If you really want a UNIX desktop though, I'd recommend an apple product. =D

Hope all this helps.
9th Mar, 2005 06:33 (UTC)
i knew you would comment oh linuxy one ;)
9th Mar, 2005 06:41 (UTC)
I wrote a bunch more but LJ cut me off with the posting limit. So, I cut it down to that.. figured Greg'd ask me questions if he had any ;]
8th Mar, 2005 23:37 (UTC)
Fedora or SuSe for out-of-the-box functionality, easy to set up and run.

I'd say the best distro for the newbie is the one that someone close at hand can help you with, Linux can have a steep learning curve, although I don't think you'll have a major problem with it.

Debian's what I used to run, though I'll be giving Gentoo a try when I build myself a new machine. Debian is a very strong and reliable distro with a massive support network, unfortunately it may test your patience to begin with - Debian tends to assume a certain level of UNIX familiarity on the part of the user.

Check WINE forums to see if Photoshop runs, although I would think it does - last I heard it wasn't a major problem. There is also The Gimp (www.gimp.org I think) which is an open source alternative to Photoshop, it boasts tremendous features but it's still a little lacking compared to Adobe's gem.

Your USB modem should be fine, it might be a pain tracking down the correct driver/module though. Most USB modems are easily supported in the recent kernels.

It's been a while since I've run Linux, really meaning to get back into it, just so frigging busy right now. Not sure if I answered any f your questions properly there but I'd say go for it. Try Fedora for now, if you don't like it you can always install a new distro on top.
9th Mar, 2005 16:10 (UTC)
After reading the comments here I'm going to sound like someone's retarded little brother, but the paradigm's shifted with 64-bit processors and I just don't know. It didn't occur to me to ask until you mentioned that XP is 32-bit only, and while I knew that I just never put two and two together: does this mean that running XP on a 64-bit processor is a waste of time? Not any faster than a comparable Intel chip unless you use an OS that takes advantage of 64-bit architecture?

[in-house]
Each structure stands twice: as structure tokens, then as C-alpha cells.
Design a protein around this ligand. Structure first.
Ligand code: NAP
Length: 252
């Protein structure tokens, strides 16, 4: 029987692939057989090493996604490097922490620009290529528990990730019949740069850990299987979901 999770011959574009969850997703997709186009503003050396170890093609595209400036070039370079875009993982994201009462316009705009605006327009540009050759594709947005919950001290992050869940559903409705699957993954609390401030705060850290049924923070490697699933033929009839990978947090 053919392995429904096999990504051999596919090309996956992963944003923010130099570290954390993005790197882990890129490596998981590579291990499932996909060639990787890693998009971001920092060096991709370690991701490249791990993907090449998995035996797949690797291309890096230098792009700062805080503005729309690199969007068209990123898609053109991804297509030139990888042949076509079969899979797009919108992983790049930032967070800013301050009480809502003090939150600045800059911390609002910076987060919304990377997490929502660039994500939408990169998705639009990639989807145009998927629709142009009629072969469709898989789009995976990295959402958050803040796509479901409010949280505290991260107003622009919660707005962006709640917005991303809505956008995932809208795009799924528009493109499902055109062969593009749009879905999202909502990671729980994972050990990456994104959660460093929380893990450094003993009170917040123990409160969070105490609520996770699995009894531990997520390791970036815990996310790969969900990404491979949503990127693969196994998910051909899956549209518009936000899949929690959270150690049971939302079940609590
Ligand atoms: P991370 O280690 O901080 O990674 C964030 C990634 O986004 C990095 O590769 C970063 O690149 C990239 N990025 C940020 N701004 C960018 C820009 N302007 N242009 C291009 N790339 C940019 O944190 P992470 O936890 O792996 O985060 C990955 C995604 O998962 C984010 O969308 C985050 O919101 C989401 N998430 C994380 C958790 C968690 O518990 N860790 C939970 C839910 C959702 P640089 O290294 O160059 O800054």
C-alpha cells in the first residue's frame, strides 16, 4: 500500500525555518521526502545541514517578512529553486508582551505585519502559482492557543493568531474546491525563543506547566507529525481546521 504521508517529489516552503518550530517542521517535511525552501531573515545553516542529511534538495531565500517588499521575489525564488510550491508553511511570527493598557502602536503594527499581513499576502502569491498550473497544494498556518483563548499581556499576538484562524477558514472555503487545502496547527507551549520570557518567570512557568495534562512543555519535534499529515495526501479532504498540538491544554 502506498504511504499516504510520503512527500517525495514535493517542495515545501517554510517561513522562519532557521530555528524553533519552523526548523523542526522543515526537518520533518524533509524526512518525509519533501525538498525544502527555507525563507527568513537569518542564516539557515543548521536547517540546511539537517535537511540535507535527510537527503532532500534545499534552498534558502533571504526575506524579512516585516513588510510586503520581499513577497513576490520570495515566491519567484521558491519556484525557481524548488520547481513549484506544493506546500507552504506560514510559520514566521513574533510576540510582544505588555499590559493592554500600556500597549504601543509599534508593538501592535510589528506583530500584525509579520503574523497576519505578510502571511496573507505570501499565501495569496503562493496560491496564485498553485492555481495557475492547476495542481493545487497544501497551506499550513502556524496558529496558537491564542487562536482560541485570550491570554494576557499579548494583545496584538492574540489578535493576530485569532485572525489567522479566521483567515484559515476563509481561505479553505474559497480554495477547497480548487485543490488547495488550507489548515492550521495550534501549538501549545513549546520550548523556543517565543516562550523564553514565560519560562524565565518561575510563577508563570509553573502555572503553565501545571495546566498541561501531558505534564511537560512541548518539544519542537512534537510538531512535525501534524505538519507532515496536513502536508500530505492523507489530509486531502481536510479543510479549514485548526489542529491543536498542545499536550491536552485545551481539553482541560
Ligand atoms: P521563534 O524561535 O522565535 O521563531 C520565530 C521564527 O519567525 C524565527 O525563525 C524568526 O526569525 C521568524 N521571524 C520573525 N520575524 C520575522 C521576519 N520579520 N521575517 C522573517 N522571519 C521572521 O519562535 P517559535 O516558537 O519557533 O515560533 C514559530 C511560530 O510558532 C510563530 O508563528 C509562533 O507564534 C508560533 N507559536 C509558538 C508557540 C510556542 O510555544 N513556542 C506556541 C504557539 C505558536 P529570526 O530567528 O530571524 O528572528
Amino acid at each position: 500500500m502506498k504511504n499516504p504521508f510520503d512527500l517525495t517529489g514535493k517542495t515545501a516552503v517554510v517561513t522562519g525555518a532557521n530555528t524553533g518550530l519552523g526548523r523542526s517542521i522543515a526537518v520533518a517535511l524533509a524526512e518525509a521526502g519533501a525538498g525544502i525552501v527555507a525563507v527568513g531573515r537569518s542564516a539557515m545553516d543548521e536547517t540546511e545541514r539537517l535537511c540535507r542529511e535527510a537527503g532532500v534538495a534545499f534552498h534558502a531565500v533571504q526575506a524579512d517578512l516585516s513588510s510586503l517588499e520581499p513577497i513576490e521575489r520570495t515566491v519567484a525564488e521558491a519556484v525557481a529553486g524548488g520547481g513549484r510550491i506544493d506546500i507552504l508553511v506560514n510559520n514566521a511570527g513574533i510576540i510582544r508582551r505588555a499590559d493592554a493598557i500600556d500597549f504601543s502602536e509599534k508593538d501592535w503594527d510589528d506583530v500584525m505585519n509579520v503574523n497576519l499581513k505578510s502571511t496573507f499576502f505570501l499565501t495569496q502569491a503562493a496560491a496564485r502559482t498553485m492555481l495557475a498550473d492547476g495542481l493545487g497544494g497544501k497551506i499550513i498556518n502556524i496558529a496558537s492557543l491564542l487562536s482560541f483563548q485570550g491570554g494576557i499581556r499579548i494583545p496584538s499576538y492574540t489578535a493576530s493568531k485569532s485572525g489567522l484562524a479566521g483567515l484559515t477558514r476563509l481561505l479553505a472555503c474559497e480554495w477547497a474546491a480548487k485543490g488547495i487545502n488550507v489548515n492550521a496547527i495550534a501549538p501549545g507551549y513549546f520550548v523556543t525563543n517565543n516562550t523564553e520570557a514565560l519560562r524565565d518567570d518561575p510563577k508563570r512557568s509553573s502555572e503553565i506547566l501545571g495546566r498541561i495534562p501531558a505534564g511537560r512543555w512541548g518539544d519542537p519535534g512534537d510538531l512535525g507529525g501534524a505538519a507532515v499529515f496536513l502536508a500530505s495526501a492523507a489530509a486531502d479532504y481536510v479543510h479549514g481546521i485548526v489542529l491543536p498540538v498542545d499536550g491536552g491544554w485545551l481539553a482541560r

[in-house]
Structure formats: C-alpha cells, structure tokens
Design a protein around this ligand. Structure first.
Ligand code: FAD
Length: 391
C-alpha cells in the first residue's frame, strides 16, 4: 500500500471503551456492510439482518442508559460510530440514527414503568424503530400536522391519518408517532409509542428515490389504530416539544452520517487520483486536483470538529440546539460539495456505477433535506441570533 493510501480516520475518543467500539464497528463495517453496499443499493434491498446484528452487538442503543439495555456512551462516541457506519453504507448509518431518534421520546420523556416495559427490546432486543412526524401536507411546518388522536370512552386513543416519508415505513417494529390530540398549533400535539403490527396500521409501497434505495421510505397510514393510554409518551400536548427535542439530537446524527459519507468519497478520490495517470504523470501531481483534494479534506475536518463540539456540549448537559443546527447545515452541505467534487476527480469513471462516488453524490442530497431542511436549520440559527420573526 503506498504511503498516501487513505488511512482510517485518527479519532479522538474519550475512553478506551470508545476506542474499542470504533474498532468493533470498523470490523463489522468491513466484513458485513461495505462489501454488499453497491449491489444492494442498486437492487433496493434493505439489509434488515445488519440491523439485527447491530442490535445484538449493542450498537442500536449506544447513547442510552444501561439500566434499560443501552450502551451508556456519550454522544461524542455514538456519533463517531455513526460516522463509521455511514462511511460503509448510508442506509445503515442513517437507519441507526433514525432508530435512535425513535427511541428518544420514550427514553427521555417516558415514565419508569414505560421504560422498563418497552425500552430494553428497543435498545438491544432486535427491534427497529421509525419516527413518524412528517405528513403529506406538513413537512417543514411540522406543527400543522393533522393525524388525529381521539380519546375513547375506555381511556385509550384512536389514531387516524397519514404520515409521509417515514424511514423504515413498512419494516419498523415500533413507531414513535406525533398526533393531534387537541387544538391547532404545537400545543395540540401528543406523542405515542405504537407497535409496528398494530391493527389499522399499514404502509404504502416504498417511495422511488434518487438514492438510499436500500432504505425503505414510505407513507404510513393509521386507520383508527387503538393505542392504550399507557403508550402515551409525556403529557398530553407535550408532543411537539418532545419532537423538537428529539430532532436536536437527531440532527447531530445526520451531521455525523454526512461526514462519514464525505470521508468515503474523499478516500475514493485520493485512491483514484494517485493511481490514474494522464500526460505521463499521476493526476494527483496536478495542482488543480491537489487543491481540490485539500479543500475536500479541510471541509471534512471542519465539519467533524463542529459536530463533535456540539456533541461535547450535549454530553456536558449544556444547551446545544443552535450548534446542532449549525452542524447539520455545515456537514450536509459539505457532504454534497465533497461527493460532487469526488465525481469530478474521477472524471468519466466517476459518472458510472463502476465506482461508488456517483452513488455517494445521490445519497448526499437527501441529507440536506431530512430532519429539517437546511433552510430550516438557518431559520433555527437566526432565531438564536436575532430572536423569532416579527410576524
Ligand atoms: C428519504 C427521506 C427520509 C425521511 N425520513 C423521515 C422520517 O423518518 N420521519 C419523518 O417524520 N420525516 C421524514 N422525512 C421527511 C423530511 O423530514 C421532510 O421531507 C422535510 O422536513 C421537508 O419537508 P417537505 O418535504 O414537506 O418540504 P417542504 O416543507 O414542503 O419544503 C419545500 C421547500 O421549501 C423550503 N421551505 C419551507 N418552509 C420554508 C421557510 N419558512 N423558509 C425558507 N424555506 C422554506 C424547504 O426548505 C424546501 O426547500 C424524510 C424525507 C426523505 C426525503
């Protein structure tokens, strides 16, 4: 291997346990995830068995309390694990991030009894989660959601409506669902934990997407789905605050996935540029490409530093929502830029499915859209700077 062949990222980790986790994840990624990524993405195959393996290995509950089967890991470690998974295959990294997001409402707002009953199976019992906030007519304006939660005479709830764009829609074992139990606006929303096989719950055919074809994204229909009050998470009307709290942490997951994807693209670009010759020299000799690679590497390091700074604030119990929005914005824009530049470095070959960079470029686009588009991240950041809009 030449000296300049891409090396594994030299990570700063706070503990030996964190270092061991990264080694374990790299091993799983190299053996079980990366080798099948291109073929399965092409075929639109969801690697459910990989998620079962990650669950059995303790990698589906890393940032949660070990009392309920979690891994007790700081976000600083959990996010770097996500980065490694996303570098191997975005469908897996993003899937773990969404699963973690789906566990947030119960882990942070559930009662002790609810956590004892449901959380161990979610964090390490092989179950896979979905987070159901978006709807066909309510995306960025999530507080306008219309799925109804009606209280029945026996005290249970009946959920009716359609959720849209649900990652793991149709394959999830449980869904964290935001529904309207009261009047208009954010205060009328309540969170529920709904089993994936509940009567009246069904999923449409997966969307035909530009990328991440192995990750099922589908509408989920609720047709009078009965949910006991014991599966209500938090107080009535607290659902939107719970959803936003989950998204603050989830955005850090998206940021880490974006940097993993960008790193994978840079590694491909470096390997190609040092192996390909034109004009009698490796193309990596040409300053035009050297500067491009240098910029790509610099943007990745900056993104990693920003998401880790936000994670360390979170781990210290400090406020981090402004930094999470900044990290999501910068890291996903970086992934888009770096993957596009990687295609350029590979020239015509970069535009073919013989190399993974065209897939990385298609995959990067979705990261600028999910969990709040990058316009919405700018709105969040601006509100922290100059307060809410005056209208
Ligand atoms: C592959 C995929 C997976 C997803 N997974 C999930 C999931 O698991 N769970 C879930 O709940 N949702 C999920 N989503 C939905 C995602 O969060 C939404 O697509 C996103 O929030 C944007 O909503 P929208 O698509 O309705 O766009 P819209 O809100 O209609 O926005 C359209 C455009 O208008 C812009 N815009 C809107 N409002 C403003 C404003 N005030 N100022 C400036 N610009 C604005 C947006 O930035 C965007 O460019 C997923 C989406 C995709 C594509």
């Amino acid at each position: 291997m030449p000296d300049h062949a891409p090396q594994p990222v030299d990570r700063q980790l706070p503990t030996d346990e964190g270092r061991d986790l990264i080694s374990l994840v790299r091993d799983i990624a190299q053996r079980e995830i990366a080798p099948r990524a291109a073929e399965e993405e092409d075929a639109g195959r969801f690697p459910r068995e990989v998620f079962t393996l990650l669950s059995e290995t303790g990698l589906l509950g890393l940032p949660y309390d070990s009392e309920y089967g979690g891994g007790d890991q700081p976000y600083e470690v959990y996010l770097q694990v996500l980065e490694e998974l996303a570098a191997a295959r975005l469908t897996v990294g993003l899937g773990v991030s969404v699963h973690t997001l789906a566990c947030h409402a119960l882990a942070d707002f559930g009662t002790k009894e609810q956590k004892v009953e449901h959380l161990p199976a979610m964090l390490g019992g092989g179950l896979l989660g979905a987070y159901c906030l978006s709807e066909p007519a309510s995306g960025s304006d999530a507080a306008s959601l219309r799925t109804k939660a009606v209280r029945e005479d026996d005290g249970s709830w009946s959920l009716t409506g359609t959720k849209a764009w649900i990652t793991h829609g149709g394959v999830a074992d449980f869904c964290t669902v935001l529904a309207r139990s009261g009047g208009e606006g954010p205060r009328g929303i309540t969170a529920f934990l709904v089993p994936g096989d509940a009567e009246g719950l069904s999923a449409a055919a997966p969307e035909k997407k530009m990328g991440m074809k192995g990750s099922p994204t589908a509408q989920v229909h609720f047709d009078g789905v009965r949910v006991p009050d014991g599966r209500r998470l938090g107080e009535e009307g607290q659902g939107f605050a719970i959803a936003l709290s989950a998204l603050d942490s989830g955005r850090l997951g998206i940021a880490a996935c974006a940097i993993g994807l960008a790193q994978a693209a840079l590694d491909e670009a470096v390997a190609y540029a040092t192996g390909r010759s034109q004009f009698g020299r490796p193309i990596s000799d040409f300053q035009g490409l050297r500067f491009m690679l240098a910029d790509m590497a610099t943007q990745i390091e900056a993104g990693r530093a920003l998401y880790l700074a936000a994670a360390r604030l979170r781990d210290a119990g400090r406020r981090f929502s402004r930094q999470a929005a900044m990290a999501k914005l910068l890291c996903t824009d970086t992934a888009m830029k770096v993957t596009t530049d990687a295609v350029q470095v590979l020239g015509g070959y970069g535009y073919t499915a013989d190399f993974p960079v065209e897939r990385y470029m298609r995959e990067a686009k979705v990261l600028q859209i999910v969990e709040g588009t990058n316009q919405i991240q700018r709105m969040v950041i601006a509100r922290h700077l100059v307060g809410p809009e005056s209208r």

I ask because a friend of mine is bugging me to build him a 64-bit desktop, and I'm not convinced that it's what he needs.
9th Mar, 2005 20:13 (UTC)
Its not a waste of time, as there will be SOME gains (the underlying architechture of a 64bit PC is MUCH faster), but not HUGE gains.

XP Pro 64bit should hit sometimes soon, but you have to remember that most of the software will still be 32bit. So it emulates 32bit, and while you will get a big speed boost it won't be the same as native 64 (but its quite close.. like 80% or more).

Really it depends on what your friend wants from the PC - if he wants a gaming rig then its worth it just because of PCI-Express and the future-proofing. Same with CAD or such.

64bit is long term planning right now - even if that long term is "within the next year or so".

example - using my new computer (which technically runs at 2/3 of the speed of my old 32bit chip) with a slightly better gfx card my 3dmark05 score went from ~300 to 2800! Thats basically because of PCI-Express and the CPU being 64bit.

Basically... what does your friend want?
( 16 comments — Leave a comment )